Buspirone hydrochloride, an azaspirodecanedione derivative (Figure 25–1), was synthesized in 1968 in the laboratories of Mead Johnson by Wu et al. (1969). Based on positive findings in conditioned-avoidance testing in rats, buspirone was originally studied clinically as a putative antipsychotic agent. It was projected to be largely devoid of the typical side effects of the antipsychotic class of drugs, but clinical trials failed to demonstrate usefulness in the treatment of schizophrenia (Sathananthan et al. 1975). Further study revealed that a single dose of buspirone had a marked taming effect in aggressive monkeys (Tompkins et al. 1980). In various behavioral models of anxiety in rodents, buspirone inhibited foot shock–induced fighting and prevented shock-induced suppression of drinking behavior, both screening tests predictive of anxiolytic effects (Riblet et al. 1982). At that time, minimal data were available on the molecular pharmacology of buspirone. However, Riblet et al. (1982) reported that buspirone displaced [3H]spiperone from dopamine D2 receptors in rat striatal membranes with an IC50 of 260 nM and demonstrated a right shift in binding activity in the presence of guanosine triphosphate (GTP), suggesting that it was a D2 agonist. Until the subsequent finding of high affinity binding to the newly discovered 5-HT1A receptor some 4 years later, the basis for the anxiolytic activity of buspirone was thought to be dopaminergic in origin.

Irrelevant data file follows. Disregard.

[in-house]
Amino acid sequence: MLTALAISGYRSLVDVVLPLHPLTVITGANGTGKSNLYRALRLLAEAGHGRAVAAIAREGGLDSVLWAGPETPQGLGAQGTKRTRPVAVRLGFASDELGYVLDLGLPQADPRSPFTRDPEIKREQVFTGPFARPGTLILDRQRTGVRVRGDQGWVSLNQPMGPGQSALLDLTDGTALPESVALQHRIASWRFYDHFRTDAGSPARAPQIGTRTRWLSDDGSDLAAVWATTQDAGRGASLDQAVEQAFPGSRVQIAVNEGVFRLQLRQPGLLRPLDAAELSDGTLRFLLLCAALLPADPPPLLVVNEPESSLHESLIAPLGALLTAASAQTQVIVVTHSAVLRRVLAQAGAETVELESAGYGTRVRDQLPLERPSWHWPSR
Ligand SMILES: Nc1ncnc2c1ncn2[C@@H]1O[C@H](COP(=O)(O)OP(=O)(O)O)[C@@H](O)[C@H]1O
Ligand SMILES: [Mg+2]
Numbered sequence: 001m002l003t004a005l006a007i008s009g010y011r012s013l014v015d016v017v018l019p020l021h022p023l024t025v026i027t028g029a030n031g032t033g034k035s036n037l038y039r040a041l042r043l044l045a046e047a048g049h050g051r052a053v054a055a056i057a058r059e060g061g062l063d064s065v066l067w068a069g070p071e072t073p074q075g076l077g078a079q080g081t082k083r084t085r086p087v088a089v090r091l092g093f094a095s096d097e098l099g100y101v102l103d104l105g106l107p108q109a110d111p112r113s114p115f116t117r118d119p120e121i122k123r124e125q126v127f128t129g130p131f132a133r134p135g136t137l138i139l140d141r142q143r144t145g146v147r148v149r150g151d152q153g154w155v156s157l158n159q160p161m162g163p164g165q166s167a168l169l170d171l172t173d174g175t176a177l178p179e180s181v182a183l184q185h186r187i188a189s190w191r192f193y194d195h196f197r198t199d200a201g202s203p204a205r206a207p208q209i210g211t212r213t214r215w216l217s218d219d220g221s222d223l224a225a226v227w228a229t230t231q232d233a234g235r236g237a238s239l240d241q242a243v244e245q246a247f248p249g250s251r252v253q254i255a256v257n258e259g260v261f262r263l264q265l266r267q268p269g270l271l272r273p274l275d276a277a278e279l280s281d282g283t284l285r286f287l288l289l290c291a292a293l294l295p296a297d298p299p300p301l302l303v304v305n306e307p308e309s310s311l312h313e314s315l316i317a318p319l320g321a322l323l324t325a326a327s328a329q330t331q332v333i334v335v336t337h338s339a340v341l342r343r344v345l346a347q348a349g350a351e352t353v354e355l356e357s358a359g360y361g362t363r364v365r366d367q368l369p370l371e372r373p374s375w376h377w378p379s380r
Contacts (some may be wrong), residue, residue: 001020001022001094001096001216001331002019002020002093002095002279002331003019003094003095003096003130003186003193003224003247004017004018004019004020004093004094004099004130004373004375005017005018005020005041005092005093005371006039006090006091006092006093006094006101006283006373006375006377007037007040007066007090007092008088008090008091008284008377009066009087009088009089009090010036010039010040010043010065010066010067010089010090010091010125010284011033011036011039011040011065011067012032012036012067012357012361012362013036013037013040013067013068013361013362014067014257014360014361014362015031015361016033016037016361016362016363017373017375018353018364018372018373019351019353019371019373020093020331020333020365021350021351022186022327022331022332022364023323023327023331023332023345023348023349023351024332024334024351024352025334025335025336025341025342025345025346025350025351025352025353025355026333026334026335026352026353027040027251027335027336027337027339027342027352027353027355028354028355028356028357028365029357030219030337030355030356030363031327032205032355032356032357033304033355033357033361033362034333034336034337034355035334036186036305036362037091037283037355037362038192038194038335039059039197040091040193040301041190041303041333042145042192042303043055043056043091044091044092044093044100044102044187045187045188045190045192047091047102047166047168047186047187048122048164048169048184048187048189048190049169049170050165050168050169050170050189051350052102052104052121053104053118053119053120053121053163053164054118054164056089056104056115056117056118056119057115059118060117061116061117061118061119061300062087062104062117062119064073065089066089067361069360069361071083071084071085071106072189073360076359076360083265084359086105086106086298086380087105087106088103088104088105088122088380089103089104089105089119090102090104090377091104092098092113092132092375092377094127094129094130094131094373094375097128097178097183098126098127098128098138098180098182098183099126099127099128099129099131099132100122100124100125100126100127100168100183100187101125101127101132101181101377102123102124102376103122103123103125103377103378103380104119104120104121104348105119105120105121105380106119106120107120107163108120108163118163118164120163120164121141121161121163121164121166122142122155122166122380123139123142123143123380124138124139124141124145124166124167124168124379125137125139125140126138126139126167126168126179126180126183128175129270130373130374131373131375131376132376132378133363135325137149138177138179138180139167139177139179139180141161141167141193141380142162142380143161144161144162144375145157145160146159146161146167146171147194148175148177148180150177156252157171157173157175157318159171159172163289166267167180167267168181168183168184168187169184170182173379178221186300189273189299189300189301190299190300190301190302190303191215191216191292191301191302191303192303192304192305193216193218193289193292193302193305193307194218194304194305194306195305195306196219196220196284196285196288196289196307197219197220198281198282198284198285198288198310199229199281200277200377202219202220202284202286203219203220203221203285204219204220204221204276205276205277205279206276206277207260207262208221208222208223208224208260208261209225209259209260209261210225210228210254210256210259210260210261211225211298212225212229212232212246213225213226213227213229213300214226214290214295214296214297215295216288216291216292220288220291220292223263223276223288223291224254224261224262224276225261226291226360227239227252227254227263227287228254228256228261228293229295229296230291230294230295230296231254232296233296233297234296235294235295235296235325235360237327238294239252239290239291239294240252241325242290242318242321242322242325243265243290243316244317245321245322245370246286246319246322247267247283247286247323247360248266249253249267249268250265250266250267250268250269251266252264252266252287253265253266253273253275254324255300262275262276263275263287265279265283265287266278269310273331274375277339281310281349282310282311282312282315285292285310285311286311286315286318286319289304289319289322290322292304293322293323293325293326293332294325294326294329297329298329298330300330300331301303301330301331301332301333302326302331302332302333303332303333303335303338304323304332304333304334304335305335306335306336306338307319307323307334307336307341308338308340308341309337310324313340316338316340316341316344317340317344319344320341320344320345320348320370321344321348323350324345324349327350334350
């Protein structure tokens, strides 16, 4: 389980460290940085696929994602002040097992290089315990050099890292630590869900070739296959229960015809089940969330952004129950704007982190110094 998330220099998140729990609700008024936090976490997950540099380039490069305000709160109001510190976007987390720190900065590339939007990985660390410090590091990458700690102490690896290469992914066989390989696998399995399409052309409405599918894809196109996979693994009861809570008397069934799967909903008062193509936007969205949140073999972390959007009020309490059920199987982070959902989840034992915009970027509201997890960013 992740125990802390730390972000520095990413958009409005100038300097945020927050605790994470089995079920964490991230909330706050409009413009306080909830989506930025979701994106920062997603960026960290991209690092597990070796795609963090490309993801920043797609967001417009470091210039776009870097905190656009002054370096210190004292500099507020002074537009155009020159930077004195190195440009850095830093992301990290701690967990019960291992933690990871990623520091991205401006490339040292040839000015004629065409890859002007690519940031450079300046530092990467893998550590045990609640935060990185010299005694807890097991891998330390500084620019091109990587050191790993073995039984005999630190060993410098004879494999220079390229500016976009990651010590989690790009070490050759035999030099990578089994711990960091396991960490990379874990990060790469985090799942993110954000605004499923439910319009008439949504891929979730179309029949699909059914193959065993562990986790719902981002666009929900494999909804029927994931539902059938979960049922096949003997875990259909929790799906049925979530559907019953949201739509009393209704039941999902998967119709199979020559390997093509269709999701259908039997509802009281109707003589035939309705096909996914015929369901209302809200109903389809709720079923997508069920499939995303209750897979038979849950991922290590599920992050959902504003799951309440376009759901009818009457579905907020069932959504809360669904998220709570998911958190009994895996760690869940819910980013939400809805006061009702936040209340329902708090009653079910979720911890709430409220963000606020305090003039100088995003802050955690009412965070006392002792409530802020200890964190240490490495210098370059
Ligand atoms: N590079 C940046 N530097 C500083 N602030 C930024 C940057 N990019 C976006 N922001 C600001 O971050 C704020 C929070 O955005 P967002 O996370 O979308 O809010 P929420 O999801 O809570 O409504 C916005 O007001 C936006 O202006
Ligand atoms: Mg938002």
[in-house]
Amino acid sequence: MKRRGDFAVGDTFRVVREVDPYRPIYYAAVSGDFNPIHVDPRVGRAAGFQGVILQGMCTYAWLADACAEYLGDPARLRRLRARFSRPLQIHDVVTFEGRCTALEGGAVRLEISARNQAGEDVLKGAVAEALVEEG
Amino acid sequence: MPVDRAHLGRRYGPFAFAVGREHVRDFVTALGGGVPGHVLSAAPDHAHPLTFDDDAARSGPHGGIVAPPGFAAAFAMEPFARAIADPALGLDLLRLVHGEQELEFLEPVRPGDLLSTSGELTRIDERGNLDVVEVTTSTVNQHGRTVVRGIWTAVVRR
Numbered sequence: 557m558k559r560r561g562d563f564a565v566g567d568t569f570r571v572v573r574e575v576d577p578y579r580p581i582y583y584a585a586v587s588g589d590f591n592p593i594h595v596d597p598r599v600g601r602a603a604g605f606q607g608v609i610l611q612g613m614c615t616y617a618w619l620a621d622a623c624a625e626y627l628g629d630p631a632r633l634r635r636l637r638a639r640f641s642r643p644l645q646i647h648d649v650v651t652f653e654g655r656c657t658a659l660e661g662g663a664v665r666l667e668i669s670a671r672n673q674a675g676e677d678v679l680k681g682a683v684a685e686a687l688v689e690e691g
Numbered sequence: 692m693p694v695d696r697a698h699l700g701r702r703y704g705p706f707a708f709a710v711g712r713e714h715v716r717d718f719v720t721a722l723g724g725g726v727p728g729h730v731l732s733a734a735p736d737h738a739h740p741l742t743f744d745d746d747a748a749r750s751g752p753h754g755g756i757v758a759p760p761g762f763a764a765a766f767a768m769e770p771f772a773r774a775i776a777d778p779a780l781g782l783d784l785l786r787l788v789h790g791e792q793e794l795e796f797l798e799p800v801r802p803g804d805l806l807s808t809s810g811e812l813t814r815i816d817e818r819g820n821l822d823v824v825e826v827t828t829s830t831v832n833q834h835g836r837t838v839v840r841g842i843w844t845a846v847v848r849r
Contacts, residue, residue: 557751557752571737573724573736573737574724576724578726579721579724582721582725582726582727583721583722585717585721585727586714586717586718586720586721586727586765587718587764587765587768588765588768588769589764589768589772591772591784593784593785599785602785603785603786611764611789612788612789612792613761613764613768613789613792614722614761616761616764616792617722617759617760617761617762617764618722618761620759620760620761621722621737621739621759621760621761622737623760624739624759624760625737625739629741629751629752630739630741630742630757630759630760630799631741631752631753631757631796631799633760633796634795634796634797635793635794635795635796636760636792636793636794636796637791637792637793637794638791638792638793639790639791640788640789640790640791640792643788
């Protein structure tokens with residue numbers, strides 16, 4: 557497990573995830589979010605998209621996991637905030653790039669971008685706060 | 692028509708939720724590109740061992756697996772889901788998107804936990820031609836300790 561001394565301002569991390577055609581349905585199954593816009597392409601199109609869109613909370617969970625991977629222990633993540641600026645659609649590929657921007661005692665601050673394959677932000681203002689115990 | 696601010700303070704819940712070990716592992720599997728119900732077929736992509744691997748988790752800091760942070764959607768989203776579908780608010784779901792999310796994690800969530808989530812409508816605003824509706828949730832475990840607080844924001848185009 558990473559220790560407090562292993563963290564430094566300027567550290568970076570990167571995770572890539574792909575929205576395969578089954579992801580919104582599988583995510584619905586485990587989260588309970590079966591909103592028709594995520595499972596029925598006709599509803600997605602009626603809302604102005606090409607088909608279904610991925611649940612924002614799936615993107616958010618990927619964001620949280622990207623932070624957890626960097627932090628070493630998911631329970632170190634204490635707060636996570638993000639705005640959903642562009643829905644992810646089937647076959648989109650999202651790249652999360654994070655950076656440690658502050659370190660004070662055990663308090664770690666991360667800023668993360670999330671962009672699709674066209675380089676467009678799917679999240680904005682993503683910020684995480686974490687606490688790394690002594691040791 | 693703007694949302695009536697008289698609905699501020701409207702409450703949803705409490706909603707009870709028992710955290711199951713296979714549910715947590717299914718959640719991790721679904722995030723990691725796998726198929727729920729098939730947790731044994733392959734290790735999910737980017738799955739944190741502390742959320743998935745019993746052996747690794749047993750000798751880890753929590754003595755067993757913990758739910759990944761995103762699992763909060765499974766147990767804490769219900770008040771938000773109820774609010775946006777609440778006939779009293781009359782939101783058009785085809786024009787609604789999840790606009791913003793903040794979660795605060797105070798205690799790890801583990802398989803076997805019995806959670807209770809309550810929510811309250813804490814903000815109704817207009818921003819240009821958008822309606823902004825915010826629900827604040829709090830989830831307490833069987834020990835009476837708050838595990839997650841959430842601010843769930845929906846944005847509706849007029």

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FIGURE 25–1. Chemical structure of buspirone.


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